Like increased soil carbon stocks, planting (or maintaining) woody structures also has additional positive effects, such as stopping of runoff water and sediment, creating shade for livestock during hot days and increasing biodiversity on a parcel.

Project LIFE CarbonCounts

The project has two main objectives. On the one hand, it focuses on the development of a roadmap for carbon farming in Flanders and an action platform in close consultation with a broad stakeholder group. On the other hand, a geodata platform will be developed to map carbon storage by parcel.

Roadmap and action platform

The roadmap is mainly based on a system analysis: here we map out the main bottlenecks, opportunities and needs to broadly roll out carbon farming initiatives through the (Flemish) carbon market. To this end, ILVO enters into extensive dialogue with a wide range of stakeholders, such as farmers, agricultural organizations, policy actors, researchers, advisors, NGOs, companies, certification bodies, etc. via in-depth interviews and interactive workshops. Current projects and initiatives in Flanders are also analyzed and mapped. In addition, inspiration is drawn from the systems in our neighboring countries.

After the system analysis, we then proceed to develop a roadmap. In doing so, we name possible tracks to solve the identified bottlenecks, exploiting opportunities, and filling the needs in the carbon farming story.

To further support and concretize this roadmap, we are also developing a long-term action platform. Through this action platform, further agreements will be made regarding the roles and functions of various actors to get started with the roadmap.

Geodata platform

Within LIFE CarbonCounts, a geodata platform will be designed that can calculate and simulate the carbon storage on a parcel and do so as much as possible using already available data that will be automatically connected to the calculation model. The geodata platform will be made available as an application to the farmer within the ‘Bodempaspoort’ (soil passport), an online application that provides information about the user's parcels. The geodata platform uses data taken from the Bodempaspoort of the parcel, such as texture class (taken from map layers of The Database of the Subsoil in Flanders (DOV)) or crop rotations (taken from the Geospatial Aid Application (GSAA)), and simulates the carbon content on the parcel based on this data.

The carbon simulation will be based on a Roth-C model, which is a mathematical model specially developed to model carbon storage in soils. The starting point is a version that has already been optimized for Flemish parcels in previous projects and applications for farmers such as the Demetertool (UGent and VLM) and the Koolstofsimulator (Department of Environment, UGent and Bodemkundige Dienst van Vlaanderen vzw). The new aspect here lies in the automatic link with input data from the Bodempaspoort to increase the ease of use for farmers. To make this possible, we are working closely with VLM and Department of Environment.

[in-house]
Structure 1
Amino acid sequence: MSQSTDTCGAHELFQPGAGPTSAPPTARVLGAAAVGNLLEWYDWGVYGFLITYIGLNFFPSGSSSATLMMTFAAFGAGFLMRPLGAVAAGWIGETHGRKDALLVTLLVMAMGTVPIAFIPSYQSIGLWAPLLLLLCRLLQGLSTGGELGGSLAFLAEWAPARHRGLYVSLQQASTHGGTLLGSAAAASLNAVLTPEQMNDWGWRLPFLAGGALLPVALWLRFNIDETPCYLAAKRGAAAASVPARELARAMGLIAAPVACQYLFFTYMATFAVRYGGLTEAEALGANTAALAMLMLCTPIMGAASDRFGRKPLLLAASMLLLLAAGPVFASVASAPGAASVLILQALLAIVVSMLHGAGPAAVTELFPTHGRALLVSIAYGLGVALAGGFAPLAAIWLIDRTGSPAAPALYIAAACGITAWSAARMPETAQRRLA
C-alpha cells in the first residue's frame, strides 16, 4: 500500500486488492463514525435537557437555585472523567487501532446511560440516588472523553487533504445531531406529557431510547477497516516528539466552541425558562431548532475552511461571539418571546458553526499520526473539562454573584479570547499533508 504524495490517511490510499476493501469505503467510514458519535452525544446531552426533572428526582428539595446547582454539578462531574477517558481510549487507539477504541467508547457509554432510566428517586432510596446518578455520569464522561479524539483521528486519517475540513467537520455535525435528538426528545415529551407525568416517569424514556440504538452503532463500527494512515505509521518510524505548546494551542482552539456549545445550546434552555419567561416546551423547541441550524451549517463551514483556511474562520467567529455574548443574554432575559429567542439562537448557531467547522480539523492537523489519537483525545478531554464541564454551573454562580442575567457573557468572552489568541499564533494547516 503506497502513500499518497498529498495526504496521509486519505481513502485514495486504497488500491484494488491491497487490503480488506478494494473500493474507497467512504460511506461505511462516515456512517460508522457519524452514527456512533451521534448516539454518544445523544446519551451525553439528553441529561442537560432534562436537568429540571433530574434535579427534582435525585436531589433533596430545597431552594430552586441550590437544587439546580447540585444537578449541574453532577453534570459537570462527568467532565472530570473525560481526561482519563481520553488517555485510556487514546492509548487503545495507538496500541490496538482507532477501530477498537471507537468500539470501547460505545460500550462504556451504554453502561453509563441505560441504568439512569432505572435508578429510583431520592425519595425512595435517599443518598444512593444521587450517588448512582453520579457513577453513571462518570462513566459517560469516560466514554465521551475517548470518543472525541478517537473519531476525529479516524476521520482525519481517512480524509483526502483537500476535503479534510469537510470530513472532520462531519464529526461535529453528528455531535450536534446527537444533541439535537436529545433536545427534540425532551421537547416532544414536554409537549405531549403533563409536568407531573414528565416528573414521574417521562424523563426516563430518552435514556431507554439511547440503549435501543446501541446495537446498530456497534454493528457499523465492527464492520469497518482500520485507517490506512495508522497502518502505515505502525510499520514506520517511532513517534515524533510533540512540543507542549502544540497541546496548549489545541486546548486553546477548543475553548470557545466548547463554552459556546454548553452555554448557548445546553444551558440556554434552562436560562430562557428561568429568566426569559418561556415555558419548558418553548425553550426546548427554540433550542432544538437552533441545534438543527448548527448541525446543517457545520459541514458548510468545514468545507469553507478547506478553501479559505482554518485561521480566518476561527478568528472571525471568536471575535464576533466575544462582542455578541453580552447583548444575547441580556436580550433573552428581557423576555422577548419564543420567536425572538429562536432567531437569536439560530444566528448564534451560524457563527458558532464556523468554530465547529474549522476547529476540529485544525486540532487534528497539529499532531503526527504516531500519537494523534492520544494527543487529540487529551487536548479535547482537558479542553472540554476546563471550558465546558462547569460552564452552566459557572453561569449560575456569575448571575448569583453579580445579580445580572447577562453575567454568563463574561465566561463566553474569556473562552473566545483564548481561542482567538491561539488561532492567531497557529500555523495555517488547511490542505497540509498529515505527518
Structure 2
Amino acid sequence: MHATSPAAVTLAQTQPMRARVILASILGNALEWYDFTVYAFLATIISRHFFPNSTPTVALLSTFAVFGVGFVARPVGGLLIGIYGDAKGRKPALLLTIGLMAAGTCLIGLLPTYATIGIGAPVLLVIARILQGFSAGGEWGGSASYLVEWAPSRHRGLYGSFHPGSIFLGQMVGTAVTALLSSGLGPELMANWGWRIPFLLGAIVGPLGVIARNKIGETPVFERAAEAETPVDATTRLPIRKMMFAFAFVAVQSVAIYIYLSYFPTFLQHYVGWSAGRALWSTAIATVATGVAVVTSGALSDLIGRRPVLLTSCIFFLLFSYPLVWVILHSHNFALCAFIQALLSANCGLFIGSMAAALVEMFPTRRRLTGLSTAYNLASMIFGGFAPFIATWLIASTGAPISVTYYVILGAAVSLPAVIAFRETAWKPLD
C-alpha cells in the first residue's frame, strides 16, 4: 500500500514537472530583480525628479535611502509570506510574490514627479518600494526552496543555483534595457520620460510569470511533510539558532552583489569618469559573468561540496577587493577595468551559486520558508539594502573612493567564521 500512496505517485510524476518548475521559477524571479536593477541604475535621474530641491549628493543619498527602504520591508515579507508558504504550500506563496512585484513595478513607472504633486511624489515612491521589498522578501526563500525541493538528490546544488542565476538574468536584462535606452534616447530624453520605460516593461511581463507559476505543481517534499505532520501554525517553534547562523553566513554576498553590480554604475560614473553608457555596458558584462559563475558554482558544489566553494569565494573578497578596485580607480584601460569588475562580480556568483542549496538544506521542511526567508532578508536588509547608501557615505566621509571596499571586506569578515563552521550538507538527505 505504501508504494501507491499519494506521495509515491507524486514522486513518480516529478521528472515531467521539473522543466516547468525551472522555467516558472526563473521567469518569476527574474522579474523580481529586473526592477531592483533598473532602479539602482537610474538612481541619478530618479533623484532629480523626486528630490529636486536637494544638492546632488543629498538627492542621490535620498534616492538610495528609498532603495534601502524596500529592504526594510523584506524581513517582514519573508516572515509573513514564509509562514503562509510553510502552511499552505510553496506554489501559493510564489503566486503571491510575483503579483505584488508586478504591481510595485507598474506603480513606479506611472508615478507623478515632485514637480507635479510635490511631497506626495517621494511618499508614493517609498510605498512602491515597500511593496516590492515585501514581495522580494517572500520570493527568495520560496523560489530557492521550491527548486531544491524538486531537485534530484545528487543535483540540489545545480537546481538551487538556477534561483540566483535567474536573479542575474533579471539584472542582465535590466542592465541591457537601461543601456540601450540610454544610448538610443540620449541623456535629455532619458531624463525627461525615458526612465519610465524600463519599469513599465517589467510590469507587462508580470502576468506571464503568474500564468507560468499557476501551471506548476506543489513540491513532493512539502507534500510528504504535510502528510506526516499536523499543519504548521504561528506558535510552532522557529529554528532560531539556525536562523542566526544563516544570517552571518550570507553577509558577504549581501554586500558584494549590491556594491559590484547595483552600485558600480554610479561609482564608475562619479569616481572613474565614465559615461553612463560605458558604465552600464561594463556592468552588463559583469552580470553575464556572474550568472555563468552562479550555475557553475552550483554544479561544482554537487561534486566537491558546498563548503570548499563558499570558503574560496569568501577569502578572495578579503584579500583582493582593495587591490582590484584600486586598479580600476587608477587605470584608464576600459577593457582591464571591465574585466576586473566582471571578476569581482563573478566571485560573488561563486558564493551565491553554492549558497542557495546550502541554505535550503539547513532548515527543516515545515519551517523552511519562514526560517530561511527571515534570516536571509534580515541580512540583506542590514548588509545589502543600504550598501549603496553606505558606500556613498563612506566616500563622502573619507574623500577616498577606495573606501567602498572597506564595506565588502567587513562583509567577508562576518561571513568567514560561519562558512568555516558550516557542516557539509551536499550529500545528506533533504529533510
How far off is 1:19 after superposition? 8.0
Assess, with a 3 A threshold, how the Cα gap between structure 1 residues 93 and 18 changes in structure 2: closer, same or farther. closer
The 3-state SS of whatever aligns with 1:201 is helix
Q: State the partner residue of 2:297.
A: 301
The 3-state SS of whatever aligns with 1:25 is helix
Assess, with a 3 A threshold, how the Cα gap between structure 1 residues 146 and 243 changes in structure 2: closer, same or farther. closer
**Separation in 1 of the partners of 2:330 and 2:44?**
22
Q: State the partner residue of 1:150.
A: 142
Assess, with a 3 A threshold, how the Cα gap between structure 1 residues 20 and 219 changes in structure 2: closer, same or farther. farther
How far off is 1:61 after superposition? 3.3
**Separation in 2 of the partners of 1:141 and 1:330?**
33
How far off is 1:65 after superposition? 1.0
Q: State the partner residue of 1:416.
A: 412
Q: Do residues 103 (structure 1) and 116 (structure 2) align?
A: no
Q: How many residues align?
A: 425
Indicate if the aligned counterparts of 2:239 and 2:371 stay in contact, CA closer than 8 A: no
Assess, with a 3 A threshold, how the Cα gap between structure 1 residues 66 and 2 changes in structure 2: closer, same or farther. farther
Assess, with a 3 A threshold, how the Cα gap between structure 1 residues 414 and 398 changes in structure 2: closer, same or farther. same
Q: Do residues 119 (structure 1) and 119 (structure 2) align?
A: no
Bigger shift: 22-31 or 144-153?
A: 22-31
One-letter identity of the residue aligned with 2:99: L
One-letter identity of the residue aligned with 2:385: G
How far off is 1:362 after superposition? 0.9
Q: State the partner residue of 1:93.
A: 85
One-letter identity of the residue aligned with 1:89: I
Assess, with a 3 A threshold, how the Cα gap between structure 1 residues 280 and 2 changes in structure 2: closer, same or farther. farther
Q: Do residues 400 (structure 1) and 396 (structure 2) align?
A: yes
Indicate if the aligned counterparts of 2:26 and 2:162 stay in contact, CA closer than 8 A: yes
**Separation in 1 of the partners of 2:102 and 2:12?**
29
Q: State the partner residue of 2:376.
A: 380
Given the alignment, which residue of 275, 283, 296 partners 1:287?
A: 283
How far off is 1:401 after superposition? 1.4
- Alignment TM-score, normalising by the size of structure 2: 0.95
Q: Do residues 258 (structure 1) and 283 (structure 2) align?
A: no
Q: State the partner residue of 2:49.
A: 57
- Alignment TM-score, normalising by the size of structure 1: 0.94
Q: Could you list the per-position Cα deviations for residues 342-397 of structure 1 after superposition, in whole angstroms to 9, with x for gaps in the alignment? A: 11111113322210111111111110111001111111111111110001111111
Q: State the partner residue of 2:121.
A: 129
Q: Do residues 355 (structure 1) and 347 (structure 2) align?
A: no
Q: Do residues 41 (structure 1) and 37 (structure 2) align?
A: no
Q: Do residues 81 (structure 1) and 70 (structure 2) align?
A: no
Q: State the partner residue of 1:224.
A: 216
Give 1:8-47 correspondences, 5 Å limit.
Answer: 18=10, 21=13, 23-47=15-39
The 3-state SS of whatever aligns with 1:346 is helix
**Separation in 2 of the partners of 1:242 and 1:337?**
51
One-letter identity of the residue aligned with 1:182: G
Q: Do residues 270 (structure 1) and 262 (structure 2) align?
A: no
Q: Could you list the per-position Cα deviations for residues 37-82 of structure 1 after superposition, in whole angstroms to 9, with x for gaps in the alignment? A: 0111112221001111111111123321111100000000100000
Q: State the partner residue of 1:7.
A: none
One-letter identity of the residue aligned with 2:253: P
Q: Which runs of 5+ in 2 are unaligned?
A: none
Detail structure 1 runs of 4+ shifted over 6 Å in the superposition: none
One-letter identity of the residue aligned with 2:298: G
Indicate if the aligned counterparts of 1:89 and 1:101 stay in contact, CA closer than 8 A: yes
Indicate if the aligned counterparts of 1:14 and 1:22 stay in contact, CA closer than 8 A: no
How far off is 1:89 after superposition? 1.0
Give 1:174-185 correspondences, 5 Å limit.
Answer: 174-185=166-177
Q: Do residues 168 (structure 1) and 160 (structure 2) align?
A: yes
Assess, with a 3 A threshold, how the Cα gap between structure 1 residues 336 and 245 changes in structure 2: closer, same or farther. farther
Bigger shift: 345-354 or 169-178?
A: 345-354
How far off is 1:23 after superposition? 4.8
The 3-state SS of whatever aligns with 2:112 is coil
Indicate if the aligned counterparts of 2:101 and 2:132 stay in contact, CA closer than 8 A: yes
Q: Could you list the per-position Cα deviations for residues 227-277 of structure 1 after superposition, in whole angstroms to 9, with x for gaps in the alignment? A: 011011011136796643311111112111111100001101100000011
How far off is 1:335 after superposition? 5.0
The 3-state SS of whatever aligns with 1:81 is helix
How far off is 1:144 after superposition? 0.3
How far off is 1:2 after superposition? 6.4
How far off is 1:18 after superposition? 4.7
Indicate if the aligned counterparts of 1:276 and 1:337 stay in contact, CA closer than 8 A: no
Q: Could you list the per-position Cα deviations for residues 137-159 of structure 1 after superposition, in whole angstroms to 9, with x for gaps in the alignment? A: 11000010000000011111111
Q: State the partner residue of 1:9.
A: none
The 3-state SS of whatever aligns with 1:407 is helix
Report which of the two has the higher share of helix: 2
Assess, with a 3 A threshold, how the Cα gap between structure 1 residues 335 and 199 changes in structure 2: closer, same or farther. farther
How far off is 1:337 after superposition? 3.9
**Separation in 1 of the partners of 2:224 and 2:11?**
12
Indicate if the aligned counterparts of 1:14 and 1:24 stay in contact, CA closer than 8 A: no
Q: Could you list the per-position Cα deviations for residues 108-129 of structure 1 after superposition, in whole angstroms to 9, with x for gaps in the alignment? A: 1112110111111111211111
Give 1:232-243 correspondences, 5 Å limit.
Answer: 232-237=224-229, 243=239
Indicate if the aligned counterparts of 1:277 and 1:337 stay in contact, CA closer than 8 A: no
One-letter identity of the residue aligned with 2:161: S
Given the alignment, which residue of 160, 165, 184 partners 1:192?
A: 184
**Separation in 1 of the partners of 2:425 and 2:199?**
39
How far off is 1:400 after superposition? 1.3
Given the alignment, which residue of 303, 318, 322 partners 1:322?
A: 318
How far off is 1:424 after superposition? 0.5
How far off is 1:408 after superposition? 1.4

The developed calculation model will be made open-source so that the same calculations can also be used by other projects (e.g. Klimrek) and players (e.g. private players). In this way, the developed calculation model can serve as a standard carbon calculation model for carbon storage on agricultural parcels in Flanders.

In addition to simulating the carbon content in the soil, the geodata platform will simulate carbon stored in the woody landscape elements on the parcel. The data for these calculations include aerial photographs on which, with the help of artificial intelligence (AI),  woody elements in the parcels can be detected (orthodetection).


This project is partially funded by the EU-LIFE program (Grant Agreement LIFE20 PRE/BE/019) and the Flemish Climate Fund.

Duration and project partners

The project runs from 1/09/2021 to 28/02/2023.

The project partners are ILVO and the Department of Agriculture and Fisheries.

ILVO project page: Research project Stimulating carbon farming in Flanders by building a geodata platform